You may be surprised at how long a child can sit quietly for this activity and may find that she wants to do it again. My children enjoy this activity and like to compare their sound maps with each other. They often find that one noticed a sound that the other didn’t or noticed more nuances about a certain sound. It’s quite an engaging activity that really heightens one’s awareness.

Taking it further: This can be expanded into the practice of “sit spots” and I highly recommend it. It’s a wonderful way for anyone to develop an intimate relationship with nearby nature. Check out Coyote’s Guide to Connecting with Nature to learn more.

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Wonder Together

“If a child is to keep alive his inborn sense of wonder, he needs the companionship of at least one adult who can share it, rediscovering with him the joy, excitement, and mystery of the world we live in.” – Rachel carson

When you are out in nature with your child, role model curiosity. Point out what you are noticing, from the smallest flower to the tallest tree. Wonder aloud. Ask your child what they hear, see, smell, feel and notice. Be intentional about it doing it regularly. Soon it

will become habit for you and your child whenever you are outside, wherever that may be.

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Record It

Create a personal record of the nature around you by keeping a nature journal. What is a nature journal? Simply put, it is “the regular recording of observation, perceptions, and feelings about the natural world”. (Clare Walker Leslie, Keeping a Nature Journal)

The act of nature journaling encourages us to become keen observers of details and seasonal rhythms and deepens our understanding of the natural world. It reinforces our nature connections and it stimulates reflection on experiences, thoughts and emotions. It helps us remember what has been observed and learned, cultivates on-going curiosity and contributes to establishing a sense of place.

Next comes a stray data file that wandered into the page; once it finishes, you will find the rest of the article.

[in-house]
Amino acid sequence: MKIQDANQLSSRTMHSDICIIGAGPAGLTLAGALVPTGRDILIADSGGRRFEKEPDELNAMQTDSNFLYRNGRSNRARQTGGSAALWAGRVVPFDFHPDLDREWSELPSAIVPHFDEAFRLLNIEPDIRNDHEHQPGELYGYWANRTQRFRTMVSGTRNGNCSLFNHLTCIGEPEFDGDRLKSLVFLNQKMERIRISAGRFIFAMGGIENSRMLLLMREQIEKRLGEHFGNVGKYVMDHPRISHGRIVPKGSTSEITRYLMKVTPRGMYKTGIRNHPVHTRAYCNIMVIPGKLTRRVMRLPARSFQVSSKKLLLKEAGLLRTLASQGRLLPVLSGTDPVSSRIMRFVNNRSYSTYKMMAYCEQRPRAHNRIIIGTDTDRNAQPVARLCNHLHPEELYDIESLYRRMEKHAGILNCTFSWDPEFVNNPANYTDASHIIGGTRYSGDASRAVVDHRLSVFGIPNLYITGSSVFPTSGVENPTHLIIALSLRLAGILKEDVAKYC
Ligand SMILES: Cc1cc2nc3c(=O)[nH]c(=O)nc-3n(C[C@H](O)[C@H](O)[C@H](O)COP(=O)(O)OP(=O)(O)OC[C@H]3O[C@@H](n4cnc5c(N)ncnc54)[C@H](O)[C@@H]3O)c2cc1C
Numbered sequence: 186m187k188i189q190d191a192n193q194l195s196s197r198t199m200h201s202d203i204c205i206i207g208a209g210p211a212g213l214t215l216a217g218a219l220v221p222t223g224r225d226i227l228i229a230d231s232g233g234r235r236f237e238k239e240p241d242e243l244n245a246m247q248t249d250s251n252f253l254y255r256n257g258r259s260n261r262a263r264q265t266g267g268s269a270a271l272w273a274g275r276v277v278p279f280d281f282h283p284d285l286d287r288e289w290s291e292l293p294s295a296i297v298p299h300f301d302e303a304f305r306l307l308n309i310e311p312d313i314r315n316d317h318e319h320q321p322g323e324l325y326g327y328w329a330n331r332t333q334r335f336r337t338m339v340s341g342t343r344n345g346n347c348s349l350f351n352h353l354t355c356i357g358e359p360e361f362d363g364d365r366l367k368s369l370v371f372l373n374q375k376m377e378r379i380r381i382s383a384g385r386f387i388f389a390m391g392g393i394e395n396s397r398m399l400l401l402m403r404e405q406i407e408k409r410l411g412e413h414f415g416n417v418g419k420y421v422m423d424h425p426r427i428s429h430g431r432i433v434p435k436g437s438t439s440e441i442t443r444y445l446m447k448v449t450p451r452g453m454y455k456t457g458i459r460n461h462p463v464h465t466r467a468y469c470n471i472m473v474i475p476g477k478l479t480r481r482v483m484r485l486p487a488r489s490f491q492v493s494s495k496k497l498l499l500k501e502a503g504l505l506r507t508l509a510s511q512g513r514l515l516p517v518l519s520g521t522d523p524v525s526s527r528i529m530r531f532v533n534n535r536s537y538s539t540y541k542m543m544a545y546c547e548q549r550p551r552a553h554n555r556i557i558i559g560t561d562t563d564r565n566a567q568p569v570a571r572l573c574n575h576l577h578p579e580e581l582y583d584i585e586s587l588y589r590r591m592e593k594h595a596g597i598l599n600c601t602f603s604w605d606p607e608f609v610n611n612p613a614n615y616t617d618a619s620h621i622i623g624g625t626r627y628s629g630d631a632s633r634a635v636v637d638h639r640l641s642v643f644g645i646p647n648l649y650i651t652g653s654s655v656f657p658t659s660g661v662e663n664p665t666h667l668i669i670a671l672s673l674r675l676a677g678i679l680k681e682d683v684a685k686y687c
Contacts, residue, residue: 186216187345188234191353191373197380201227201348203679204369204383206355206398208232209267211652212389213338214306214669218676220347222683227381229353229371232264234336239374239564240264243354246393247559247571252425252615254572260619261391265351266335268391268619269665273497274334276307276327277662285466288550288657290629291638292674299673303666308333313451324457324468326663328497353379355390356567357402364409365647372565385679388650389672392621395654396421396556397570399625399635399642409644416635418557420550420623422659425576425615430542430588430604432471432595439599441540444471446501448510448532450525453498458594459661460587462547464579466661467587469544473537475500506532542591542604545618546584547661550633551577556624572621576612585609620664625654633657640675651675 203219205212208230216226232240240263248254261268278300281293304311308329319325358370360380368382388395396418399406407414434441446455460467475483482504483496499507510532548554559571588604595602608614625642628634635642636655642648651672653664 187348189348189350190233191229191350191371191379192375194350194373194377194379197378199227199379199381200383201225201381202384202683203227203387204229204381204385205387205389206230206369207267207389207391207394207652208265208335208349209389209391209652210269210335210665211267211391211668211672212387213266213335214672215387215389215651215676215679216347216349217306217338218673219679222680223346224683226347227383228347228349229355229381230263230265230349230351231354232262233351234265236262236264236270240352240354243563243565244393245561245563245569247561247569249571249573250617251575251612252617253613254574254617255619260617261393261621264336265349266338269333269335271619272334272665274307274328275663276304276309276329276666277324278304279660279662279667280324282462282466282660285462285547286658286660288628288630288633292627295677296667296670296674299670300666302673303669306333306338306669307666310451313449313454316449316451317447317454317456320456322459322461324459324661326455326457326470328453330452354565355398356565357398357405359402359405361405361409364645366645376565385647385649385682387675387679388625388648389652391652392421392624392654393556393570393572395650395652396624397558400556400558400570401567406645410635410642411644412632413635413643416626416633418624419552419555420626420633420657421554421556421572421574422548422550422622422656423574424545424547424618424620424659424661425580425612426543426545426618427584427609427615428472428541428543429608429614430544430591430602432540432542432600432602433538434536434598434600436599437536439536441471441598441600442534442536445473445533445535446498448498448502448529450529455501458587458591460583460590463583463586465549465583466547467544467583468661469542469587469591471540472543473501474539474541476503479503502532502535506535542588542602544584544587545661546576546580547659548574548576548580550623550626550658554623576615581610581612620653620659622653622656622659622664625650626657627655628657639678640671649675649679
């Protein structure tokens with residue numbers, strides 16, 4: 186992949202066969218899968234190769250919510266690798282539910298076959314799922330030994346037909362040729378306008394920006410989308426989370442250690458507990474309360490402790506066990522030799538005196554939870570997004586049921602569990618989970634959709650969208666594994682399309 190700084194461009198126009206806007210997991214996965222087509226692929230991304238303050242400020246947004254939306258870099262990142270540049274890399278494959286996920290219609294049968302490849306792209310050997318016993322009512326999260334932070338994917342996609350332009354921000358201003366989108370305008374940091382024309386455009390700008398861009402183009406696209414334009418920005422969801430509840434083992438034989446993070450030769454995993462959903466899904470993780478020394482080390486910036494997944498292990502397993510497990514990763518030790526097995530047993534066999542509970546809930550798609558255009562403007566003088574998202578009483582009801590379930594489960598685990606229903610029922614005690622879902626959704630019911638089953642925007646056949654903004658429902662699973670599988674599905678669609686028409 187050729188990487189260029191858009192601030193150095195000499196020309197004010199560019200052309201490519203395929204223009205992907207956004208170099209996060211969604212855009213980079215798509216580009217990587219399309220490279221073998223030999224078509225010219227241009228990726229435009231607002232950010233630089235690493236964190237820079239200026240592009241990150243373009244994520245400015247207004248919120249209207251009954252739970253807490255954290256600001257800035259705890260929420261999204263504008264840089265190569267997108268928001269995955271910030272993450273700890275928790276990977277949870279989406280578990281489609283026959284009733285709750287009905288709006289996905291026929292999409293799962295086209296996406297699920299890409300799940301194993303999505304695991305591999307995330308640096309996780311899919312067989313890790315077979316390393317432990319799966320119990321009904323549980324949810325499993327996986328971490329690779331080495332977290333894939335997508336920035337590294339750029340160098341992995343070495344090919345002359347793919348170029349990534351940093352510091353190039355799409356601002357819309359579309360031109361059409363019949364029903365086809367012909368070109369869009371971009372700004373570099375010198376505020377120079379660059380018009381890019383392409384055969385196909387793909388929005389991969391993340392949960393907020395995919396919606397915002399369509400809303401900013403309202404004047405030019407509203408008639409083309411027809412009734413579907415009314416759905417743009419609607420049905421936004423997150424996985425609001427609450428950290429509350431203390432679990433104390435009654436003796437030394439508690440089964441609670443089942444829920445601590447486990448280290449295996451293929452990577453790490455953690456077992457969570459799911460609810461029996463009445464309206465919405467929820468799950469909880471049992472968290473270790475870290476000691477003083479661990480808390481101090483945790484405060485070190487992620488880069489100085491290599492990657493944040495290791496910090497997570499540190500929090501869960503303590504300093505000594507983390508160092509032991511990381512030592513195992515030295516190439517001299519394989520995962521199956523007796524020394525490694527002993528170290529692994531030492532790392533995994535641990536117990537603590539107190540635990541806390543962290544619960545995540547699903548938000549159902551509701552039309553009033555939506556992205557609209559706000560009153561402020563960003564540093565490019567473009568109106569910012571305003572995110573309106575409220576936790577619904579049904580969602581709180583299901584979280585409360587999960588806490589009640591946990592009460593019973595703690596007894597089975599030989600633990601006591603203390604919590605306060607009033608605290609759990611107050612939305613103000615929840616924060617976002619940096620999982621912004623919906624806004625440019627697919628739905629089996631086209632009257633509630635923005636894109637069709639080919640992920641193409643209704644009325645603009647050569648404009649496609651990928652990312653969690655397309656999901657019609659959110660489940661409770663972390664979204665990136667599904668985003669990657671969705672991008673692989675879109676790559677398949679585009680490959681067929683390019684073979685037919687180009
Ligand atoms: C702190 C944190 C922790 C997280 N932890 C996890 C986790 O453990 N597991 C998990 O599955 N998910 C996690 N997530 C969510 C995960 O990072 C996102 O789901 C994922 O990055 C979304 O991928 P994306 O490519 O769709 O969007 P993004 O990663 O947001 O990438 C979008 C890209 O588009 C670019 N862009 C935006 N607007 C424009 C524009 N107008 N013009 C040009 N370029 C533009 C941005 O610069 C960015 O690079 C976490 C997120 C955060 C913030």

Developing the habit of nature journal can be tricky. Make it inviting. Keep it simple. Encourage it but let it be optional. Let your child record in whatever way he would like (sketches, poems, photos, brief descriptions, pressed plant samples, etc.). Do it together. Review and reflect on past entries occasionally.

Check out these resources for inspiration and how-to’s:

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Invite Nature Inside

“Children become interested in natural history because they are natural collectors.” -Sir David Attenborough

This suggestion may be controversial as many people firmly believe that the “leave what you find” principle is always best practice. I agree with Sir David Attenborough and here’s why…

While collecting, your child is gathering information about the natural world through his senses. He is looking, touching, smelling, listening, maybe even tasting. He may also be utilizing his vestibular (movement and balance) and proprioception (body awareness) systems as he navigates the landscape. Combining the use of one’s various senses leads to more connections made within the brain and the result is a more thorough, meaningful learning experience. Just as importantly, allowing your child to collect the nature that excites him is an affirmation of his interest. It nurtures his natural sense of curiosity and sparks further exploration and inquiry.

If you don’t already have a designated area in your home for displaying nature finds, this is the perfect time to create one. A low table or shelf will do. Display appropriate items within your child’s reach so that he may explore them at any time. Add magnifying glasses, reference books or materials for play to the area. Change the items seasonally.